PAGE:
Top 8 benefits of unit testing

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As we write a lot about Agile, about CI and TDD, we couldn’t not mention Unit testing and this time we will talk about what unit testing is, why for us it is part of Agile methodology and what are the main benefits of unit testing.

In computer programming, unit testing is a software testing method by which individual units of source code are tested to determine whether they are fit for use. To understand it better, a unit test is the smallest possible testable software component. Usually it performs a single cohesive function. As unit is small, it is easier to design, execute, record and analyze test results than for larger chunks of code. Defects revealed by a unit test are easy to locate and relatively easy to repair.

The goal of unit testing is to segregate each part of the program and test that the individual parts are working correctly. It isolates the smallest piece of testable software from the remainder of the code, and determine whether it behaves exactly as you expect. Unit testing has proven its value in that a large percentage of defects are identified during its use. It allows automation of the testing process, reduces difficulties of discovering errors contained in more complex pieces of the application, and test coverage is often enhanced because attention is given to each unit.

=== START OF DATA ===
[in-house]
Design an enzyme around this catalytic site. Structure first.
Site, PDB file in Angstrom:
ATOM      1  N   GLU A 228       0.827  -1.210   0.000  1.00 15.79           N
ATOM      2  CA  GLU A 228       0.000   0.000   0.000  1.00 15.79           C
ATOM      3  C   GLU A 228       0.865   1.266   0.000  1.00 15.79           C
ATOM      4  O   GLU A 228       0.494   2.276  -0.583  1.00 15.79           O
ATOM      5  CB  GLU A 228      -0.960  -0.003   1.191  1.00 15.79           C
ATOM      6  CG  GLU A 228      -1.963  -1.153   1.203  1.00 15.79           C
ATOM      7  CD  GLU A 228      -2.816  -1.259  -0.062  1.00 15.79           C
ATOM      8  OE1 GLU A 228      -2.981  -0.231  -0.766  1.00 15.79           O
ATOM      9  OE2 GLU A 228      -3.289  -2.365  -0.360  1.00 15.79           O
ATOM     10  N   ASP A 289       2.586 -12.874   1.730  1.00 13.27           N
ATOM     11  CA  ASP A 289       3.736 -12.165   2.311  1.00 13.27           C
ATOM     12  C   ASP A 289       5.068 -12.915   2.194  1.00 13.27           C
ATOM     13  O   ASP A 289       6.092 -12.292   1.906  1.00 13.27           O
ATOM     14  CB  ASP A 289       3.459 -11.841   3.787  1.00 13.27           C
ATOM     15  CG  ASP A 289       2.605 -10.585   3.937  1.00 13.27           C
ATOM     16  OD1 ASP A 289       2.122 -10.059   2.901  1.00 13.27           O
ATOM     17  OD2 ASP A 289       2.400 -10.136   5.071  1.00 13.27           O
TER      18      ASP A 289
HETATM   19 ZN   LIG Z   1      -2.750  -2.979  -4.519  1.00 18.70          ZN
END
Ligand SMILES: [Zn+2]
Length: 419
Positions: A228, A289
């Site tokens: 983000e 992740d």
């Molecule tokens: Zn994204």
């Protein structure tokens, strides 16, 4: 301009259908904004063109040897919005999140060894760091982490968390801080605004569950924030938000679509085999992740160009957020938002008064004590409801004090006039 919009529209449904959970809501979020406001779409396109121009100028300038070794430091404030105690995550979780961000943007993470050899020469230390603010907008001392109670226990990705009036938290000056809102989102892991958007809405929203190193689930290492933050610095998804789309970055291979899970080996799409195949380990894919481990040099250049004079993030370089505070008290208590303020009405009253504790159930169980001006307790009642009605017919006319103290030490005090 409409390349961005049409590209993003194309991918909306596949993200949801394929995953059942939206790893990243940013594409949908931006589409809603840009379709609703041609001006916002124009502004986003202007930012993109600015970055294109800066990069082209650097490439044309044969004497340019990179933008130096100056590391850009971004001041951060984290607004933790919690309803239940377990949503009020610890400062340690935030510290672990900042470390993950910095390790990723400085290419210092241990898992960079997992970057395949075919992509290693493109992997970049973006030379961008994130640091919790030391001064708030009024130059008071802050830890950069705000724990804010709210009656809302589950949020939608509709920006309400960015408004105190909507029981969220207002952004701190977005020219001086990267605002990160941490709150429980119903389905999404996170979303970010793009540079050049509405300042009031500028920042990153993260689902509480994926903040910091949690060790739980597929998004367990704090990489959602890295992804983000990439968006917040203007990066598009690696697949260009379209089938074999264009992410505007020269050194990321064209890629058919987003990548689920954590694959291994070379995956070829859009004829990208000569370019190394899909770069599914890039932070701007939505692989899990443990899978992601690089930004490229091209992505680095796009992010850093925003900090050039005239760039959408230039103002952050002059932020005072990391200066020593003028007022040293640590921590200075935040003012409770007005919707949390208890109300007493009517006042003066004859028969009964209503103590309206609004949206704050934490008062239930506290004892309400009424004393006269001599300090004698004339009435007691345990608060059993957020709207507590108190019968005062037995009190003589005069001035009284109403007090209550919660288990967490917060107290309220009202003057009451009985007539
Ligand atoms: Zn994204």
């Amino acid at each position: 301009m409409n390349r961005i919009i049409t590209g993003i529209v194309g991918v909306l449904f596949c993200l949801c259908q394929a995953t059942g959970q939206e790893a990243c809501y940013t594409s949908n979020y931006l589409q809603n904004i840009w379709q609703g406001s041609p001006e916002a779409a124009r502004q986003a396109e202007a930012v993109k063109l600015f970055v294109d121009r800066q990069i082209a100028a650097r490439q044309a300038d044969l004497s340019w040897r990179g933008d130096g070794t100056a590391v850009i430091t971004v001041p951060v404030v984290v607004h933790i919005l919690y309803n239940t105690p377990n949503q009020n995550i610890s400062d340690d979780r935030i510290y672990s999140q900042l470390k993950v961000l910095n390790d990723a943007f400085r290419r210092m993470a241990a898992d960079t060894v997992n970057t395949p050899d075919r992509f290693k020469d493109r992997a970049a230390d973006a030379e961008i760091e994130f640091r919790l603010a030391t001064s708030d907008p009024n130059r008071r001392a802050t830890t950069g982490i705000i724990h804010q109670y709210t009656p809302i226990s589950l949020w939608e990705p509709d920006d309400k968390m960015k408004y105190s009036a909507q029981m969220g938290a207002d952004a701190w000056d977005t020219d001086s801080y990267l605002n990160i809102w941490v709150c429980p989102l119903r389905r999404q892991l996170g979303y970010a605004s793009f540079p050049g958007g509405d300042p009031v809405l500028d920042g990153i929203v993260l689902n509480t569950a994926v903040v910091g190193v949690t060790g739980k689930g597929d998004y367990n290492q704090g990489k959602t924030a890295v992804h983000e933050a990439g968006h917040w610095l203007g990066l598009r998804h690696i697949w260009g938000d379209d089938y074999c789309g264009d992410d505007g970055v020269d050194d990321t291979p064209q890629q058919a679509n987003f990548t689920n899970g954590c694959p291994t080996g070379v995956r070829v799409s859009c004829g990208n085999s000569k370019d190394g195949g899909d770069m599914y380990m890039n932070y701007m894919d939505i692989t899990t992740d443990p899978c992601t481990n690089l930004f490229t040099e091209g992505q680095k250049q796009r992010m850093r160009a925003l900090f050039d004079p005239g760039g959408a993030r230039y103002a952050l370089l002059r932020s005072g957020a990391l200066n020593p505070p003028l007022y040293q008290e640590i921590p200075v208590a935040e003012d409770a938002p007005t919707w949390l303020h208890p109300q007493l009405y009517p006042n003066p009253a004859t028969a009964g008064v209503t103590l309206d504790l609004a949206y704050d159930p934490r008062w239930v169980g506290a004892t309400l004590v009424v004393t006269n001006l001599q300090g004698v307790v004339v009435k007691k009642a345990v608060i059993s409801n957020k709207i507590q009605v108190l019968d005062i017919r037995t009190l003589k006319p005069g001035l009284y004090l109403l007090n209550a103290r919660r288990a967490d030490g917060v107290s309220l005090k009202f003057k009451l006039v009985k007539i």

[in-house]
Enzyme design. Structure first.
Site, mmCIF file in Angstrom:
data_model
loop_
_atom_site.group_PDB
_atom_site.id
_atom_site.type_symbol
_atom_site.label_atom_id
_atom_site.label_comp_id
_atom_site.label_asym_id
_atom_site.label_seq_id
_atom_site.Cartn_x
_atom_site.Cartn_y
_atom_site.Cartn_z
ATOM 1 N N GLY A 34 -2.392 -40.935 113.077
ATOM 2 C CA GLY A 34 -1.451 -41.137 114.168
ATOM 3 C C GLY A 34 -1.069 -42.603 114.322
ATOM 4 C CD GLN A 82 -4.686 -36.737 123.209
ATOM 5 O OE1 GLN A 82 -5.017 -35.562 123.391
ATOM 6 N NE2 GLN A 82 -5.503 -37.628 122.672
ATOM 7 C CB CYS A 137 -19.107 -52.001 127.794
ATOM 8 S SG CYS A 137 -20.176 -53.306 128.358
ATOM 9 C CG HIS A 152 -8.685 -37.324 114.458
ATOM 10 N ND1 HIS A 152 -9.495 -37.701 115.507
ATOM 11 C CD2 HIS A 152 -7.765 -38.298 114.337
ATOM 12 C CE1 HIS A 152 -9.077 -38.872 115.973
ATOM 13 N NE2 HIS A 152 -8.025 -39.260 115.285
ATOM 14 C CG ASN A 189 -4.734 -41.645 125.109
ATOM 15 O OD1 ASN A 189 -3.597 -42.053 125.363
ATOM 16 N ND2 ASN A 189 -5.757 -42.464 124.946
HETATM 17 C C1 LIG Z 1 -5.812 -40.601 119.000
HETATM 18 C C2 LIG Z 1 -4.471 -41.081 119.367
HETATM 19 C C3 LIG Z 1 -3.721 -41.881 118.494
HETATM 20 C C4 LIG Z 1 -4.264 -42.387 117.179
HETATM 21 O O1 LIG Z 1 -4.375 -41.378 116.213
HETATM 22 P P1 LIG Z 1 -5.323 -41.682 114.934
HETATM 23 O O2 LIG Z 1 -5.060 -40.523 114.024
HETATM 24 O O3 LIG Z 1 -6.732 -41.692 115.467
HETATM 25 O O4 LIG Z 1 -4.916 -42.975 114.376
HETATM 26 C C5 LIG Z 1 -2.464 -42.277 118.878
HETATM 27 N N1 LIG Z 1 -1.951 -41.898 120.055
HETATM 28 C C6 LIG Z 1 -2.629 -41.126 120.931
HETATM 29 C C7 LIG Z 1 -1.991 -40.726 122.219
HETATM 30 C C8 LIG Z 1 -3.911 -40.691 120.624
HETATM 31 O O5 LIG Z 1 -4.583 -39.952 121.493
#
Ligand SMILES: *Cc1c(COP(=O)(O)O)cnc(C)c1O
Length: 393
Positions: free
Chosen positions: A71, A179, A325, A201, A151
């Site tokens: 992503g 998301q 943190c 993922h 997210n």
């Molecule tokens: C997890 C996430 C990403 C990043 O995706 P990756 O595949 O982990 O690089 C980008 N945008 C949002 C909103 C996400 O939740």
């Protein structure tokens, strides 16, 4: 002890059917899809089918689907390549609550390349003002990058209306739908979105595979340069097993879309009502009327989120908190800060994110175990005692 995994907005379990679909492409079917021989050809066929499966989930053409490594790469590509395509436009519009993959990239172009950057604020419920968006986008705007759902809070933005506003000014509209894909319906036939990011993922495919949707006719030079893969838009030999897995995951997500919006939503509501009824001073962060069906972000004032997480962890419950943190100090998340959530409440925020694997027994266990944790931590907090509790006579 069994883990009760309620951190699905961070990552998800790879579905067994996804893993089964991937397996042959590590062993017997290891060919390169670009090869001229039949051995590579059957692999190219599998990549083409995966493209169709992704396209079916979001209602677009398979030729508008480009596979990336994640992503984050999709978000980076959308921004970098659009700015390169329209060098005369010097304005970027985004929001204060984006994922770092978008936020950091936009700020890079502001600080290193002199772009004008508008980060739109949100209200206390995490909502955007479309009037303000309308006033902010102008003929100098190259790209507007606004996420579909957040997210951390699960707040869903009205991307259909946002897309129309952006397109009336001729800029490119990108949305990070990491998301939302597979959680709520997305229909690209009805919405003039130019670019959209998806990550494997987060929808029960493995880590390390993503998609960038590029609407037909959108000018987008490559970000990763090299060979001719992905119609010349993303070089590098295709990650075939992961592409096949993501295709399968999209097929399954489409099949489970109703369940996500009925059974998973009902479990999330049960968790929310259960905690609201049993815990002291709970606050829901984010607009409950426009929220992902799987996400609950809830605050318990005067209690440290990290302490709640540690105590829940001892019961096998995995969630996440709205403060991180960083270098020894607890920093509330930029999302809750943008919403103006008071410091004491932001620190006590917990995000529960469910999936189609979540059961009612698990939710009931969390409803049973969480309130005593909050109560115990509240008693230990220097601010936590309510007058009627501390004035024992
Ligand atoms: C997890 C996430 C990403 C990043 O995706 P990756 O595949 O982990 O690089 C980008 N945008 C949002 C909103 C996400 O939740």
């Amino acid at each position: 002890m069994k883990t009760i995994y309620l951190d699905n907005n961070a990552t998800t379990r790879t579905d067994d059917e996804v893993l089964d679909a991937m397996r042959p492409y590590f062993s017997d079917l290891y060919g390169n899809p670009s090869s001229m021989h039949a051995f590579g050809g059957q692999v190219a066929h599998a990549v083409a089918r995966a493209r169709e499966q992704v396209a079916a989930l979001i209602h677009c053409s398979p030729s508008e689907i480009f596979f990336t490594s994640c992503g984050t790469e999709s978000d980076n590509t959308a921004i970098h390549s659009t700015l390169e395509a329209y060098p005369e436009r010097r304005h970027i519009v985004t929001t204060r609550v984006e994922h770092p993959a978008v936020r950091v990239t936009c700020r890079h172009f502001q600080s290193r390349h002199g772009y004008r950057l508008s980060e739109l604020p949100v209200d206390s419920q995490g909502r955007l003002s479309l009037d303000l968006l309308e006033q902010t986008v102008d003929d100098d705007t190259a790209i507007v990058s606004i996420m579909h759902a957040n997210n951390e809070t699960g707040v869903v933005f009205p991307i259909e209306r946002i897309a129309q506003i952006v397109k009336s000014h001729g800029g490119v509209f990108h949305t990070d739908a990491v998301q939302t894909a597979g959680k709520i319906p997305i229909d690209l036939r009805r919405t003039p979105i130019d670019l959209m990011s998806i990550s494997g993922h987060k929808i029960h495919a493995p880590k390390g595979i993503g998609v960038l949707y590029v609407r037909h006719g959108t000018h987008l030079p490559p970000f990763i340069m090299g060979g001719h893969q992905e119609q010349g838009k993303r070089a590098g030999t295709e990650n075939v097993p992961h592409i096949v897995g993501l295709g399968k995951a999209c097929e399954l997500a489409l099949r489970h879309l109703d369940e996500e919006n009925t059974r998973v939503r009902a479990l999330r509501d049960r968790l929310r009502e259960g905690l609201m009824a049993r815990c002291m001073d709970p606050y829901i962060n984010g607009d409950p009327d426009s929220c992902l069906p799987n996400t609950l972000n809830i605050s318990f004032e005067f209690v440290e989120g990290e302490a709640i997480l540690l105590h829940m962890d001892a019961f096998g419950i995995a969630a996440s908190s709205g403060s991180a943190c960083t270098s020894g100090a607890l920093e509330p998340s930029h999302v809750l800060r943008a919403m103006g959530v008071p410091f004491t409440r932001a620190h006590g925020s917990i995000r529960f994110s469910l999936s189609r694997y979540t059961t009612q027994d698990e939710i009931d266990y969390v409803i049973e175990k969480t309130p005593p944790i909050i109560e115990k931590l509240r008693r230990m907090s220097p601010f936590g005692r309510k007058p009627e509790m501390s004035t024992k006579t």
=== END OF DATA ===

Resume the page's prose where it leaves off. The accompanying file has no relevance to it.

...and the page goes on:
Just to give you an example, if you have two units and decide it would be more cost effective to glue them together and initially test them as an integrated unit, an error could occur in a variety of places:

  • Error in unit 1?
  • Error in unit 2?
  • Error in both units?
  • Error in the interface between the units?
  • Error because of a defect in the test?
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As you can see, finding the error in the integrated module is much more complicated than first isolating the units, testing each, then integrating them and testing the whole.

As you may know, in Apiumhub we work using Agile methodology, and we work a lot with unit tests. Unit testing became a signature of Extreme Programming (XP); another agile software development methodology we use quite often, which led quickly to Test Driven Development. We strongly believe that being Agile is doing CI and TDD. Using Test Driven Development, developers create Unit Tests as they develop their code so that each Unit Test tests a tiny piece of software code usually before the code is written.

Unit Testing really provides numerous benefits including finding software bugs early, facilitating change, simplifying integration, providing a source of documentation and many others, which we will look right now in more details.

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One of the main benefits of unit testing is that it makes the coding process more agile. When you add more and more features to a software, you sometimes need to change old design and code. But changing already tested code is both risky and costly. If we have unit tests in place, then we can proceed for refactoring confidently.
Unit testing really goes hand in hand with agile programming of all flavors because it builds in tests that allow you to make changes more easily. In other words, unit tests facilitate safe refactoring.